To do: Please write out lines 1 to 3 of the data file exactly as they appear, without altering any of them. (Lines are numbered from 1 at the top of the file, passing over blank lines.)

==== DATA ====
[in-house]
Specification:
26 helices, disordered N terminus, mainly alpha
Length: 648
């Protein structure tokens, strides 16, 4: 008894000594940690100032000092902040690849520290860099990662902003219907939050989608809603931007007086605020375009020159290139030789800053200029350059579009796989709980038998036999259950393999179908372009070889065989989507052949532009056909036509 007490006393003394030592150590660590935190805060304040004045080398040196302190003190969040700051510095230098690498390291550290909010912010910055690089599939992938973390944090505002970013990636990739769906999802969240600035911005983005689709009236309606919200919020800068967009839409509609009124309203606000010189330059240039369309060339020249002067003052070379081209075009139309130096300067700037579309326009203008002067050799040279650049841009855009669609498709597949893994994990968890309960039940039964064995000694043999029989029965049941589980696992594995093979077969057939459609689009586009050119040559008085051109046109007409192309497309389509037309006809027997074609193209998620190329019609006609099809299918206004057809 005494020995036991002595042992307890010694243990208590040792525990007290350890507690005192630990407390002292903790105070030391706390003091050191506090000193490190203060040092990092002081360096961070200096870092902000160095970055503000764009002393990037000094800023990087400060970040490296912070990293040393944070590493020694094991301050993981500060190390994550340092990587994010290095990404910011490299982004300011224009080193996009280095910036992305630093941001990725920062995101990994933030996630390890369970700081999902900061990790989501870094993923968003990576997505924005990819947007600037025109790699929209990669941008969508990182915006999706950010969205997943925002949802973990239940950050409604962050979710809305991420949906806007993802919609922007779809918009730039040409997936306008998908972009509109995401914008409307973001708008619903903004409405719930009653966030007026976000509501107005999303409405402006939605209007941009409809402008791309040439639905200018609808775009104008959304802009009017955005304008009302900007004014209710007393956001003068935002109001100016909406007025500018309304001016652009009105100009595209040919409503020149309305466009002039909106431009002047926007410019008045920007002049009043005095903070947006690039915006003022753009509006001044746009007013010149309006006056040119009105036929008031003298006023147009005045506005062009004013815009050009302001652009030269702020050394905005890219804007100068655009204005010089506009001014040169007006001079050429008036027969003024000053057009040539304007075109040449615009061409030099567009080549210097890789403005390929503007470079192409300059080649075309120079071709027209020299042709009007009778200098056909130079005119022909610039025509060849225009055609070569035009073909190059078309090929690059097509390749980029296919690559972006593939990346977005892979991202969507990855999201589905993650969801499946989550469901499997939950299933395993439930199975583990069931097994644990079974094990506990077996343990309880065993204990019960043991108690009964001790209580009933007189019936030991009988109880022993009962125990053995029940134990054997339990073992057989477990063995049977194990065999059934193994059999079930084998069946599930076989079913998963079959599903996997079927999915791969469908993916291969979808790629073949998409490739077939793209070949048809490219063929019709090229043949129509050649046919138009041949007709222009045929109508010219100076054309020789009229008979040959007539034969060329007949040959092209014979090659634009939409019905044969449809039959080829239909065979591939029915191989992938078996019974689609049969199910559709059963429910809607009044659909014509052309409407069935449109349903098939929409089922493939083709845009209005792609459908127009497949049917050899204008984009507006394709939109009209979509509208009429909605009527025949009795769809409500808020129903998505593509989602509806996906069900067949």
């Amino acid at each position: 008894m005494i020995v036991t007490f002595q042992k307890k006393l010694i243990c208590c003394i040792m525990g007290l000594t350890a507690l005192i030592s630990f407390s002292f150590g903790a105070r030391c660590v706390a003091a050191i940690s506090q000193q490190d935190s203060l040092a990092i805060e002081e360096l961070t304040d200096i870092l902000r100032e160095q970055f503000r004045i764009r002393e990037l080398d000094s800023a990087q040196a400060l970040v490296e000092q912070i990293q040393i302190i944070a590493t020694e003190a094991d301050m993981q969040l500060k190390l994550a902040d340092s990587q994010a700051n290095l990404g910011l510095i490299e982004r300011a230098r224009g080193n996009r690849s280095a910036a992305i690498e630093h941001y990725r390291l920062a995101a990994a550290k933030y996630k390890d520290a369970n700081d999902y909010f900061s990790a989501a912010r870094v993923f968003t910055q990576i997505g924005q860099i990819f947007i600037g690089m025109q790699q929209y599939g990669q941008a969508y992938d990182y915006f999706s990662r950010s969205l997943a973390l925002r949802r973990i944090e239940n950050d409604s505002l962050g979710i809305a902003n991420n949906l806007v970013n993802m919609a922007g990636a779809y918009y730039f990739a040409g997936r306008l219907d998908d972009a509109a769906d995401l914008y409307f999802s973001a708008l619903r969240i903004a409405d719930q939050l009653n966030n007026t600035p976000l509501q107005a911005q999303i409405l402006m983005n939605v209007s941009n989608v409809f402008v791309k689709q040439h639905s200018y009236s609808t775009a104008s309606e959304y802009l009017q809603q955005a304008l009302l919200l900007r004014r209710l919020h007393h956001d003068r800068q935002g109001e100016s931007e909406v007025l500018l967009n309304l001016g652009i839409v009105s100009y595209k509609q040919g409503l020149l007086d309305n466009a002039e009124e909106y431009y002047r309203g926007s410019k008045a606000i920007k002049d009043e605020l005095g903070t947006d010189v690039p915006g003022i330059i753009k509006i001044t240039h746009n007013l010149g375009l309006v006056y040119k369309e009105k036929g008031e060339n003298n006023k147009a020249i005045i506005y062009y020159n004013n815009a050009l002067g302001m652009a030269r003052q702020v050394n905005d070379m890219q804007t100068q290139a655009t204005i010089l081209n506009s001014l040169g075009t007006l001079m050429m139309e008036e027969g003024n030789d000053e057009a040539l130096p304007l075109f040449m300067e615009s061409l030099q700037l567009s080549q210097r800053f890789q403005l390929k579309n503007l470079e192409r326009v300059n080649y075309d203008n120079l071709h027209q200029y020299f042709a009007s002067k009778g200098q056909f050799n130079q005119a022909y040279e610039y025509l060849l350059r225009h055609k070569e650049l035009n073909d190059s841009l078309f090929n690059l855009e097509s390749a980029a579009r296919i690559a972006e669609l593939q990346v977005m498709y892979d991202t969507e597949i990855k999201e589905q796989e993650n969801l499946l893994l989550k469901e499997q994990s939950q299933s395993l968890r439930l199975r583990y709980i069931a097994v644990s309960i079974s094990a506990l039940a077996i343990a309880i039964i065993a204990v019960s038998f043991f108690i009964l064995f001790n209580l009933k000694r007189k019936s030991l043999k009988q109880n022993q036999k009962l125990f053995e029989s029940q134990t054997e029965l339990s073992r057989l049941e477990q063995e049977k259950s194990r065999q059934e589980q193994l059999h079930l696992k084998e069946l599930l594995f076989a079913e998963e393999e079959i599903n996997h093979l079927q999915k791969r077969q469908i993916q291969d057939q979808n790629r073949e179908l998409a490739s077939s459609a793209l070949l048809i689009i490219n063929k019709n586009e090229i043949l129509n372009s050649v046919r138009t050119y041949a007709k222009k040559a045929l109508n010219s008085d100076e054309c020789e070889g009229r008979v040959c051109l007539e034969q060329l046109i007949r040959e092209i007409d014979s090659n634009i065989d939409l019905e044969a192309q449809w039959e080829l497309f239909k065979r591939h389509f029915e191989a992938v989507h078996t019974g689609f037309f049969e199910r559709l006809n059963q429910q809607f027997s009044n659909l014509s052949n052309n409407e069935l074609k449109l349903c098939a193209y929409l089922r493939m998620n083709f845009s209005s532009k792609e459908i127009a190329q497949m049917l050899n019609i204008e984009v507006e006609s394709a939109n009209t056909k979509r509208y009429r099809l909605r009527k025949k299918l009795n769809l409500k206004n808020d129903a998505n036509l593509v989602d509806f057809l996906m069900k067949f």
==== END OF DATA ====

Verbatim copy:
[in-house]
Specification:
26 helices, disordered N terminus, mainly alpha